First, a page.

Screening Young Children for Lead Poisoning: Guidance for State and Local Public Health Officials

Centers for Disease Control and Prevention (CDC)

Note: This document refers to various blood-lead thresholds and levels of concern for adverse health outcomes in children. This terminology is outdated and readers are referred to the ACCLPP recommendations of 2012.


November 3, 1997

February 21, 1997

NOTE: To obtain a printed copy of the screening document, please call (toll-free) 800-CDC-INFO (800-232-4636).

Document Sections No. of
(Adobe Acrobat
Cover page 1 cover.pdf pdf icon[89 KB]
Title page 2 title.pdf pdf icon[33 KB]
List of Tables and Figures
3 contents.pdf pdf icon[121 KB]
Forward 2 forward.pdf pdf icon[64 KB]
Preface (pages 1-3)
Advisory Committee on Childhood Lead Poisoning Prevention (pages 4-8)
Executive Summary (pages 9-12)
12 p1_12.pdf pdf icon[157 KB]
Chapter 1. Childhood Lead Poisoning in the United States (pages 13-20) 8 chapter1.pdf pdf icon[162 KB]
Chapter 2. A Comprehensive Approach to Childhood Lead Poisoning Prevention (pages 21-30) 10 chapter2.pdf pdf icon[170 KB]
Chapter 3. The Statewide Plan for Childhood Blood Lead Screening (pages 31-76) 46 chapter3.pdf pdf icon[299 KB]
Chapter 4. Role of Child Health-Care Providers in Childhood Lead Poisoning Prevention (pages 77-110) 34 chapter4.pdf pdf icon[199 KB]
Chapter 5. CDC Resources and Information for Implementation of Guidance (pages 111-114) 4 chapter5.pdf pdf icon[192 KB]
Chapter 6. Childhood Lead Poisoning Prevention Research Priorities (pages 115-116) 2 chapter6.pdf pdf icon[60 KB]
Glossary (pages 117-121) 5 glossary.pdf pdf icon[67 KB]
Appendix B.1 Blood Lead Levels in the United States. 1991-1994.

CDC. Update: Blood Lead Levels — United States, 1991-1994. MMWR 1997; 46(7):141-146.

Appendix B.2 Blood Lead Levels in the U.S. Population.

Brody DJ, Pirkle JL, Kramer RA, et al. Blood lead levels in the U.S. population. JAMA 1994; 272(4): 277-283.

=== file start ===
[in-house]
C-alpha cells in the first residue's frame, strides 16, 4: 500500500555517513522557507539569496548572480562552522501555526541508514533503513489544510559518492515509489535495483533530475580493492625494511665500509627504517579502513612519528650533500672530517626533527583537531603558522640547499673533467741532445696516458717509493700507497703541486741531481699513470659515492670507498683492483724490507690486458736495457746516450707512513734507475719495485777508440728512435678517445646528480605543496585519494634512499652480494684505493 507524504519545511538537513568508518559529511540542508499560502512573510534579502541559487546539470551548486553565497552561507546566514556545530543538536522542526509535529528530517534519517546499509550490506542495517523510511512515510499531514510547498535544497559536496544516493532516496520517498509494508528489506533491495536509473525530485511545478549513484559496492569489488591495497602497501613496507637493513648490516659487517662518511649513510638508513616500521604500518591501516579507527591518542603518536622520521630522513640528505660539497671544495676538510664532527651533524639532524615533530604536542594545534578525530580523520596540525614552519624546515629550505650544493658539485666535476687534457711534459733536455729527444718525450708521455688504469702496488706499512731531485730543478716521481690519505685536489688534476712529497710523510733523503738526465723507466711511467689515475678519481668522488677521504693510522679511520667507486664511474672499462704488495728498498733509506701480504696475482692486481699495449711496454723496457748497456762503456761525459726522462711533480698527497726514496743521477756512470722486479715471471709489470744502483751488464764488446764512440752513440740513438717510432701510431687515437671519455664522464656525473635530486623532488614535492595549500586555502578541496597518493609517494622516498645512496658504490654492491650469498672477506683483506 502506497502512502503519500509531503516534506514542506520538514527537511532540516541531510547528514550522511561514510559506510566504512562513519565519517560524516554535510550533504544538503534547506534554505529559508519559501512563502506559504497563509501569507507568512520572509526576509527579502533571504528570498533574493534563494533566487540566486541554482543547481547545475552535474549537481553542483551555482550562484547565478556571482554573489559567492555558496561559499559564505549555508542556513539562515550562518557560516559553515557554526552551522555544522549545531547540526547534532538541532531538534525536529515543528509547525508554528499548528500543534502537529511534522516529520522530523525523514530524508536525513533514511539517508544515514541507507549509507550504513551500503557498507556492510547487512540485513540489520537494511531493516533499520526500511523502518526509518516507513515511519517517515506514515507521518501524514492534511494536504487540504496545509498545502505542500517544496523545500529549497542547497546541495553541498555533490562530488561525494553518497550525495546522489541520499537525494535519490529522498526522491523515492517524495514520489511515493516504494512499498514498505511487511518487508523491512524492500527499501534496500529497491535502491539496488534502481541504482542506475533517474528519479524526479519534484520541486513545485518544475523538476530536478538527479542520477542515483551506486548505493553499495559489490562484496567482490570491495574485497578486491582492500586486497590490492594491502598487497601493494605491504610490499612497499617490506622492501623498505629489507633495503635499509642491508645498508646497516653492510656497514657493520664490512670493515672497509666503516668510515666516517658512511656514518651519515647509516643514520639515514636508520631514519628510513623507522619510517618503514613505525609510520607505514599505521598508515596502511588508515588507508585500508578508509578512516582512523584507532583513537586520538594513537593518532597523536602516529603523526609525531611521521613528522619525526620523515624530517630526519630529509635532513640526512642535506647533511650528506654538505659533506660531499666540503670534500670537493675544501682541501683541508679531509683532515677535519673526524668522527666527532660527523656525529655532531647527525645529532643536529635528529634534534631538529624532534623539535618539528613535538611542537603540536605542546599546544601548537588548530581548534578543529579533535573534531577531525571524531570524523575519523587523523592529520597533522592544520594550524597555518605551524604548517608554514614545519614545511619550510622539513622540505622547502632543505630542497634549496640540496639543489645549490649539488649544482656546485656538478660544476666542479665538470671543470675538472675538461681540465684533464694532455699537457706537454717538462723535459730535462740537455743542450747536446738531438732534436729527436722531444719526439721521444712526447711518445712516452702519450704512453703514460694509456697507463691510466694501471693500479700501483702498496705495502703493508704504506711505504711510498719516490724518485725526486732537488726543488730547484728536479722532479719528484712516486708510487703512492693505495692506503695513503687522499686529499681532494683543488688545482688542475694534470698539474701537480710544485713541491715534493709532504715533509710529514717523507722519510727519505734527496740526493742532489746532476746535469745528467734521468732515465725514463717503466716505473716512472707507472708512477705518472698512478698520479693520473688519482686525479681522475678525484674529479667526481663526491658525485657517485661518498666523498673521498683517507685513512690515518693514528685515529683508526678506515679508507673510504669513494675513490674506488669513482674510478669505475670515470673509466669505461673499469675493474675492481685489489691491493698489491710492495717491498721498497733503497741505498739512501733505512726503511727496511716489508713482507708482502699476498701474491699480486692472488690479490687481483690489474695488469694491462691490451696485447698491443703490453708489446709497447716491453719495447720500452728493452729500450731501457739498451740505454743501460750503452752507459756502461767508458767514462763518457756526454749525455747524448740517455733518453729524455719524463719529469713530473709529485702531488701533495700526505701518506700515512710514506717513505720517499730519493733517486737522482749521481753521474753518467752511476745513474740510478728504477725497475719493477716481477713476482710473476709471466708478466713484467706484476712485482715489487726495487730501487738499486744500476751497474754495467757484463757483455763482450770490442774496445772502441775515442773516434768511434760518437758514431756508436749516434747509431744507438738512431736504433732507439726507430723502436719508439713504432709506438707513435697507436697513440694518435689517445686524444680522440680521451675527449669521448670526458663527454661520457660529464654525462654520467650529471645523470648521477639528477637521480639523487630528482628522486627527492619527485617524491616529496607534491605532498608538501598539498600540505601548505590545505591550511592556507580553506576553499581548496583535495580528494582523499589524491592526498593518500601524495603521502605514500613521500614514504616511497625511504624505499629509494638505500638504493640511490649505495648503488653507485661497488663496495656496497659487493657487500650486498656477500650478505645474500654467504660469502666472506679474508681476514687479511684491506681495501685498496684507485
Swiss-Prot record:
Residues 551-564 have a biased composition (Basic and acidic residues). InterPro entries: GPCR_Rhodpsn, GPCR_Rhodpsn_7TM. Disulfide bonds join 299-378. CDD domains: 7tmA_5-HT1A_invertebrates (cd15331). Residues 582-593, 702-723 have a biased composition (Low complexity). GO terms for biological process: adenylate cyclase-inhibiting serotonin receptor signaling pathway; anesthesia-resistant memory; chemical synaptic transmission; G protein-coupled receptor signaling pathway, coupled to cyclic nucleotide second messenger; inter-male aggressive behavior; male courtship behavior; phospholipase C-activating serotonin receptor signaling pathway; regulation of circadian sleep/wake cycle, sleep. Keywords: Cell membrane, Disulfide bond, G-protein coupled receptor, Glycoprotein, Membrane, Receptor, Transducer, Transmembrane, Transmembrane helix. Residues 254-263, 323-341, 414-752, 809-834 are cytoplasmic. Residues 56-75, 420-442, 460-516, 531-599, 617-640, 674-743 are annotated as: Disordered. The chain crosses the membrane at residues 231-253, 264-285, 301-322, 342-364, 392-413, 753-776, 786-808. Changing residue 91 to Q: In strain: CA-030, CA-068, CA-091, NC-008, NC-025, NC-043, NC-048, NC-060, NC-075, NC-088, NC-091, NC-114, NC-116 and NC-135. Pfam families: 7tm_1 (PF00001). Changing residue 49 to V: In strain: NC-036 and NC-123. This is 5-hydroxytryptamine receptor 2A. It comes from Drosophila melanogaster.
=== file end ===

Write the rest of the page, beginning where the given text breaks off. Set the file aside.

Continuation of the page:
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Appendix B.3 The Decline in Blood Lead Levels in the United States.

Brody DJ, Pirkle JL, Gunter EW, et al. The decline in blood lead levels in the United States. The National Health and Nutrition Examination Surveys (NHANES III). JAMA 1994; 272(4): 284-291.

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Appendix B.4 Costs and Benefits of a Universal Screening Program for Elevated Blood Lead Levels in 1-Year-Old Children 19 b4.pdf pdf icon[85 KB]
Appendix B.5 Relationship Between Prevalence of BLLs >=10 µg/dL and Prevalences Above Other Cut-Off Levels 2 b5.pdf pdf icon[25 KB]
Appendix B.6 Exact Confidence Intervals for Some Hypothetical Estimates of Prevalence of BLLs >=10 µg/dL, by Number of Children Screened 2 b6.pdf pdf icon[10KB]
Appendix B.7 Conditions Required for a Source of Lead to be a Hazard 1 b7.pdf pdf icon[9 KB]
Appendix C.1 The Lead Laboratory 20 c1.pdf pdf icon[75 KB]
Appendix C.2 Capillary Blood Sampling Protocol 5 c2.pdf pdf icon[27 KB]
Appendix C.3 Proficiency Testing and Quality Control
  • Table A. Proficiency Testing Programs for Lead Laboratories
  • Table B. Quality Control Materials for Use in Blood Lead Testing
  • Table C. Quality Control Materials for Use in Urine Lead Testing
  • Table D. Quality Control Materials for Erythorocyte Protoporphyrin Tests.
5 c3.pdf pdf icon[19 KB]

NOTE: To obtain a printed copy of the screening document, please call (toll-free) 800-CDC-INFO (800-232-4636).